Increasing tube stiffness with strapping tape

TLDR; It’s theoretically possible to increase tube stiffness by using fiberglass packing tape.

Intro

A common trick from R/C planes is to stiffen wings with strapping/filament tape. I got curious if this method would make a difference for the steel tubes used in a Lowrider.

The tape application would leave space for the bearings, so it would have no effect on the rolling surface. The calculations suggest that standard tape would be enough to increase stiffness by a bit. With an optimized tape the result might even be significant enough to warrant the effort. Theory

Absolute deflection of a fixed beam is \frac{P*x^2*(3L-4x)}{48EI}. In our case we have a beam composed of two different materials so we need to take that into account.

Nicely, this part of solid mechanics is linear, so in this case overall composite deflection of two materials is \frac{P*x^2*(3L-4x)}{48(E_1I_1+E_2I_2)}. In other words, if we want to look at relative changes in deflection, we can compare E_1I_1 to E_1I_1+E_2I_2. Thus, the percent increase in stiffness is simply:

\psi = \frac{E_2I_2}{E_1I_1}

Worked example

Let’s apply a few strips of 1" wide strapping tape to a 1" steel tube and see what happens.

Strapping tape mechanical properties

For the sake of the example, let’s use https://www.weasyadhesives.com/product/heavy-duty-strapping-filament-tape-232h/, which is with 0.17mm in thickness and has a breaking strength of 1450N/25mm wide.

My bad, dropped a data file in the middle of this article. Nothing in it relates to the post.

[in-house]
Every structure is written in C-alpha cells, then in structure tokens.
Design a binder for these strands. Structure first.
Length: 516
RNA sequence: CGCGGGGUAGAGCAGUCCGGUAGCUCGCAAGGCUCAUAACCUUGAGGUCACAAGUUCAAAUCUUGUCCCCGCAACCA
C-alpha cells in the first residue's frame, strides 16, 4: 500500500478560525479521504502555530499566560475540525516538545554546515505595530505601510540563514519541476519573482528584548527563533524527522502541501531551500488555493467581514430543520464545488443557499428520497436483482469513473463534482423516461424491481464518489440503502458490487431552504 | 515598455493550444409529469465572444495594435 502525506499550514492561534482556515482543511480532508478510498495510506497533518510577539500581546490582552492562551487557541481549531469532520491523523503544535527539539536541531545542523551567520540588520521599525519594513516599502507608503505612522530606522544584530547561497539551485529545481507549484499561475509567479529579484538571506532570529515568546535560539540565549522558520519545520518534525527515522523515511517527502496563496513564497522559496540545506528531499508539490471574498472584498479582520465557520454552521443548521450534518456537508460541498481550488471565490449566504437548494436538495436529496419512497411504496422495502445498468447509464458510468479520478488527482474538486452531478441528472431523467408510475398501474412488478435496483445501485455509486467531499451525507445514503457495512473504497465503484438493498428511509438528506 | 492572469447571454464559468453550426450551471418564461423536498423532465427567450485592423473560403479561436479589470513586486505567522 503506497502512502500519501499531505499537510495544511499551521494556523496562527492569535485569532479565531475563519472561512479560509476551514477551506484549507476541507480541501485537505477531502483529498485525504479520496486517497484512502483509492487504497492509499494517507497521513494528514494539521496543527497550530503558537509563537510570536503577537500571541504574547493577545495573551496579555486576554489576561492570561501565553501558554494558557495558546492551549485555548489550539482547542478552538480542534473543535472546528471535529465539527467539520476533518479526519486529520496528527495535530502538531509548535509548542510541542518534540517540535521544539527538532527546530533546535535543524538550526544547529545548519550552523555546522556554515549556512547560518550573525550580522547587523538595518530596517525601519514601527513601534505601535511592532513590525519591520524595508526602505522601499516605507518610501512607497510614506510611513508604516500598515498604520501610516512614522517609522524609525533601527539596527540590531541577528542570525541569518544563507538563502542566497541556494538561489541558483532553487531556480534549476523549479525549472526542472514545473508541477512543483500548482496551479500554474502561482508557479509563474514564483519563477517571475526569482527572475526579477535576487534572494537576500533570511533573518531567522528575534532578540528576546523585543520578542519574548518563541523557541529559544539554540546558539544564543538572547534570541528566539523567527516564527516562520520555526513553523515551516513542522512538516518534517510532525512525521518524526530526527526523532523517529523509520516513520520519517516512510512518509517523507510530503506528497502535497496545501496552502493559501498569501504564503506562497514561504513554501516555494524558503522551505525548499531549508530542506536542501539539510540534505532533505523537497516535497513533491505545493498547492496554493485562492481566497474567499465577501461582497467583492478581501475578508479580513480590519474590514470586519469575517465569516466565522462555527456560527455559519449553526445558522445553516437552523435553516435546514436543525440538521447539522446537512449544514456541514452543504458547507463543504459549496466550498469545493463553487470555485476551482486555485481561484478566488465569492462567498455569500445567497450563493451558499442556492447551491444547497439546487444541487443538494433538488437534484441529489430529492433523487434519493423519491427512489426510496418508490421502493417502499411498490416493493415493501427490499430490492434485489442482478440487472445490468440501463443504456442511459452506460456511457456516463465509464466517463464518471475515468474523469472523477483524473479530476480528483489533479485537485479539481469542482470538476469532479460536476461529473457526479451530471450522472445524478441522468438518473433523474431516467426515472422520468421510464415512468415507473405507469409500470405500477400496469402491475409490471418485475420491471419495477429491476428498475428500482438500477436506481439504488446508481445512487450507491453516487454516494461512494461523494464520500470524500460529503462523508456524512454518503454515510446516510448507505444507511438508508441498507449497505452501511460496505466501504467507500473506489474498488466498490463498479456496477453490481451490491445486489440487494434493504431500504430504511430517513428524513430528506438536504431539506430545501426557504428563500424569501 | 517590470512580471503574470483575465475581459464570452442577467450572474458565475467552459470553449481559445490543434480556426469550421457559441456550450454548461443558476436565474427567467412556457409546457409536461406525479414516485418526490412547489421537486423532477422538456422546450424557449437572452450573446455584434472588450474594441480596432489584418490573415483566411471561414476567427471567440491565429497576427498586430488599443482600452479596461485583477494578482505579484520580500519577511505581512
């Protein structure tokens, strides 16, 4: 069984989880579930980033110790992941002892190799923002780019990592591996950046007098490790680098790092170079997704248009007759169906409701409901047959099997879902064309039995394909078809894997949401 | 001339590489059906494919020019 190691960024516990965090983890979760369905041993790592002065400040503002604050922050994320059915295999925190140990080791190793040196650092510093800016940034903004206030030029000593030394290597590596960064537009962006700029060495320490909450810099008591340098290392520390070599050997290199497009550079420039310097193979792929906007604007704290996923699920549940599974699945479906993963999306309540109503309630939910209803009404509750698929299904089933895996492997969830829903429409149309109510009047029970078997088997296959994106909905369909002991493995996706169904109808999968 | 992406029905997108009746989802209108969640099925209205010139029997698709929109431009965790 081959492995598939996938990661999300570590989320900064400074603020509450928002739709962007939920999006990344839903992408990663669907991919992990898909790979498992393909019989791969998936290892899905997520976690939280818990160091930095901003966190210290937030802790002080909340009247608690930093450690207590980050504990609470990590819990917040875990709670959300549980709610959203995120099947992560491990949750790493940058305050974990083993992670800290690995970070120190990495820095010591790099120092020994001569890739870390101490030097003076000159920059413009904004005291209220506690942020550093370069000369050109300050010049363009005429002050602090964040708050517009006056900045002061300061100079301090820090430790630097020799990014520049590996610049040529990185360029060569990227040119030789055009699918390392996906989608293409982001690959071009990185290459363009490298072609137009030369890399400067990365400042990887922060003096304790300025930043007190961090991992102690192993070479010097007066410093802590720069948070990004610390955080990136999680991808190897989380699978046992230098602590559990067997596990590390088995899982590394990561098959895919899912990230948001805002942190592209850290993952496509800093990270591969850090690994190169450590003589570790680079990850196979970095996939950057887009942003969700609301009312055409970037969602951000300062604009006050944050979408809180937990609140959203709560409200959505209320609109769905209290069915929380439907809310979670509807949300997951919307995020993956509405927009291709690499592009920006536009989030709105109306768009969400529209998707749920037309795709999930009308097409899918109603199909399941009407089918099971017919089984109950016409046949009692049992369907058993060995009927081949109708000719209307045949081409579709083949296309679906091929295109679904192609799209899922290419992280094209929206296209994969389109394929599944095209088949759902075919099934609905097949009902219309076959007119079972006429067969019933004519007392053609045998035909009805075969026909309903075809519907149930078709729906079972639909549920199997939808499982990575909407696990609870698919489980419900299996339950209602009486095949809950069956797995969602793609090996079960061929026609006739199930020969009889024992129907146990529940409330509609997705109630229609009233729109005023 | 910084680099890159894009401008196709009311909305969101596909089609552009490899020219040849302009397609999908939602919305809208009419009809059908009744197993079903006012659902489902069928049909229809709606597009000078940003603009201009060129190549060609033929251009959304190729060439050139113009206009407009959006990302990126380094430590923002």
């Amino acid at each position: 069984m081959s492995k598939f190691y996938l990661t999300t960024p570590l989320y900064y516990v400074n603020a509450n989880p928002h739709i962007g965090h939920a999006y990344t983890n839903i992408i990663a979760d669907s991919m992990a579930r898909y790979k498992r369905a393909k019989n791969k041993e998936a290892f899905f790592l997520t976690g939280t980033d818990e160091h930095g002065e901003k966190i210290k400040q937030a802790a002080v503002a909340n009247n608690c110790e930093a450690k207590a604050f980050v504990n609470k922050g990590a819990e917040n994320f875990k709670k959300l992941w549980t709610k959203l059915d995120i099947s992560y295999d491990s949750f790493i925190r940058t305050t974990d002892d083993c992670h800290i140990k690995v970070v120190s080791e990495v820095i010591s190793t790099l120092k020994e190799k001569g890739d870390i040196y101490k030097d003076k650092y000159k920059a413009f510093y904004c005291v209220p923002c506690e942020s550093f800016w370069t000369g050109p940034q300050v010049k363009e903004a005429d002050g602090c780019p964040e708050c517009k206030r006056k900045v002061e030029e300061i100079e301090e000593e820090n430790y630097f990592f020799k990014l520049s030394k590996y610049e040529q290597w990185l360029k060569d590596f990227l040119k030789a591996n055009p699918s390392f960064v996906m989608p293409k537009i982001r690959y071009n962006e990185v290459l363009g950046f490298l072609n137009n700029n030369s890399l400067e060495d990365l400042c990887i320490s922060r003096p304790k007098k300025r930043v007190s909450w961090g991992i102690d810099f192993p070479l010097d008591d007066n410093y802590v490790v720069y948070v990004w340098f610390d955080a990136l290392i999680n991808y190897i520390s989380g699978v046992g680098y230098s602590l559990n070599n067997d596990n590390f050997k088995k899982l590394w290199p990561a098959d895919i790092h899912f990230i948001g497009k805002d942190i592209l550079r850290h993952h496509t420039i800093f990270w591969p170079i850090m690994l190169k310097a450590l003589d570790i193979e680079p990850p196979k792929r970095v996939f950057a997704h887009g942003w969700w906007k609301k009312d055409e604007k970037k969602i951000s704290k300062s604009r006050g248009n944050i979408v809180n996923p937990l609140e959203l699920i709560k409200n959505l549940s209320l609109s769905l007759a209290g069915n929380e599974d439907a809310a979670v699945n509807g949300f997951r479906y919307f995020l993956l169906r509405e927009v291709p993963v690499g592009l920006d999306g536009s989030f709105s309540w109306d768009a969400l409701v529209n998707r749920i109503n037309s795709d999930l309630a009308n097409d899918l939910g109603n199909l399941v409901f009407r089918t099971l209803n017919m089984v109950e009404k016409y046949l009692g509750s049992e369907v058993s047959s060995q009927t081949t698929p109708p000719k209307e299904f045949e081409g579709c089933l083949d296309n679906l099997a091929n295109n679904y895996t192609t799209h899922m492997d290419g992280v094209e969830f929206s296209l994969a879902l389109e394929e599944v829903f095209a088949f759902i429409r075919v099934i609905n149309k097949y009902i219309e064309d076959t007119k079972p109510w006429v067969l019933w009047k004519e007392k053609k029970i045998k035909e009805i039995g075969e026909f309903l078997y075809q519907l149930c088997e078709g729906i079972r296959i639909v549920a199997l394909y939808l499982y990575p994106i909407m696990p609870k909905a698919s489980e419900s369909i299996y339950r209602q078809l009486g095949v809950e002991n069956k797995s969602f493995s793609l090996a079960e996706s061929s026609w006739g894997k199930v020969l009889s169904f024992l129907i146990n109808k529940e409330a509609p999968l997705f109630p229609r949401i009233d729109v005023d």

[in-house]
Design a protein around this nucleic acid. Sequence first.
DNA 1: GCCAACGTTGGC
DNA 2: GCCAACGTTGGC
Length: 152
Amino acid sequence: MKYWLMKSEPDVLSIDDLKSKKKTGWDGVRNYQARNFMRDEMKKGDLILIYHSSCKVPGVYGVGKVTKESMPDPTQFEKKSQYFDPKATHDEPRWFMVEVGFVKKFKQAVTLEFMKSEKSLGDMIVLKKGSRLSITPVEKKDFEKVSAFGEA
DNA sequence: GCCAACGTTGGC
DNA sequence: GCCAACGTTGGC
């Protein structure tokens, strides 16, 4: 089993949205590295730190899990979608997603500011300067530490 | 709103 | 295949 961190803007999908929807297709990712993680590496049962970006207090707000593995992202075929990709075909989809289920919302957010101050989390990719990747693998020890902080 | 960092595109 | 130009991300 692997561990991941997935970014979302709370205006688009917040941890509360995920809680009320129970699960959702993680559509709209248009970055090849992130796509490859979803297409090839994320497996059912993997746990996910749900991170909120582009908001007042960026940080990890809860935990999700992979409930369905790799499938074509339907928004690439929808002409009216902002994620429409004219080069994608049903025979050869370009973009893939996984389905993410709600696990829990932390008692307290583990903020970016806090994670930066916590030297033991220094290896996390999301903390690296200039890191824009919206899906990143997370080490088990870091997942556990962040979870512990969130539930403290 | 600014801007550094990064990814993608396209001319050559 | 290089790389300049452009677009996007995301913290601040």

Area moment of inertia

We can calculate I_2 by using area moment equations. I’ll leave those off here, but because tape application is relatively uniform and symmetric let’s just calculate the area moment as the percentage of a tube:

I_{tape} = \frac{\pi}{4} (r_{o.d.}^4-r_{i.d.}^4) \frac{3 w_{tape}}{\pi r_{i.d.}}

where the r_{i.d.} is the o.d. of the steel tube, the r_{o.d.} is the i.d. + the tape’s thickness, and w_{tape} is the tape’s width.

I_{tape} = \pi/4((0.5*.0254+.00017)^4-(0.5*.0254)^4) * (3*1)/(\pi*1) = 1.07*10^{-9}\bf{m^4}

Modulus of Elasticity

We can calculate I_{tape} from the above, but we need to know the tape’s Modulus of Elasticity (MoE). This isn’t given, but we can get a reasonable guess by assuming that the tape uses standard E-glass. We get there by trying to calculate what percentage of the tape is fiberglass (while assuming the rest is backing and adhesive).

1. The area of 25mm of tape is 0.17*25 = 4.25mm^2.
2. The breaking strength of this piece of tape is 1450N.
3. This gives 1450N/4.25mm^@ = 341N/mm^2 = 341MPa.
4. The ultimate yield strength for E-glass is 2GPa. (https://www.azom.com/properties.aspx?ArticleID=764)
5. We calculate the percent strength .341/2 = 17%